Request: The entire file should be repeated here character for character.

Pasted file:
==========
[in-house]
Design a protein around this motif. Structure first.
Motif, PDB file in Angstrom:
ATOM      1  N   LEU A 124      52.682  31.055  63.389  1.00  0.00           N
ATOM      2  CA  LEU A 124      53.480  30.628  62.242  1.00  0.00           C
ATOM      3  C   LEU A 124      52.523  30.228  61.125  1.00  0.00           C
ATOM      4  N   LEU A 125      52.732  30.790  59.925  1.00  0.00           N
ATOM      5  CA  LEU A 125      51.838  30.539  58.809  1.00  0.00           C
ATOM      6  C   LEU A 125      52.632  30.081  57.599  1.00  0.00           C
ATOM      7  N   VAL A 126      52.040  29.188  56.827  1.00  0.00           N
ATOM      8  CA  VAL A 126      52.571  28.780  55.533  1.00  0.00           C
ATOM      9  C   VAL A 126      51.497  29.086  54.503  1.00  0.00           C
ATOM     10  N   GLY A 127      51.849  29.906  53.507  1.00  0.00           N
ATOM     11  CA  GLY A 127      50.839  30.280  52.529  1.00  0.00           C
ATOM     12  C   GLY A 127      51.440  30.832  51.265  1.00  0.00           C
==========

[in-house]
Design a protein around this motif. Structure first.
Motif, PDB file in Angstrom:
ATOM      1  N   LEU A 124      52.682  31.055  63.389  1.00  0.00           N
ATOM      2  CA  LEU A 124      53.480  30.628  62.242  1.00  0.00           C
ATOM      3  C   LEU A 124      52.523  30.228  61.125  1.00  0.00           C
ATOM      4  N   LEU A 125      52.732  30.790  59.925  1.00  0.00           N
ATOM      5  CA  LEU A 125      51.838  30.539  58.809  1.00  0.00           C
ATOM      6  C   LEU A 125      52.632  30.081  57.599  1.00  0.00           C
ATOM      7  N   VAL A 126      52.040  29.188  56.827  1.00  0.00           N
ATOM      8  CA  VAL A 126      52.571  28.780  55.533  1.00  0.00           C
ATOM      9  C   VAL A 126      51.497  29.086  54.503  1.00  0.00           C
ATOM     10  N   GLY A 127      51.849  29.906  53.507  1.00  0.00           N
ATOM     11  CA  GLY A 127      50.839  30.280  52.529  1.00  0.00           C
ATOM     12  C   GLY A 127      51.440  30.832  51.265  1.00  0.00           C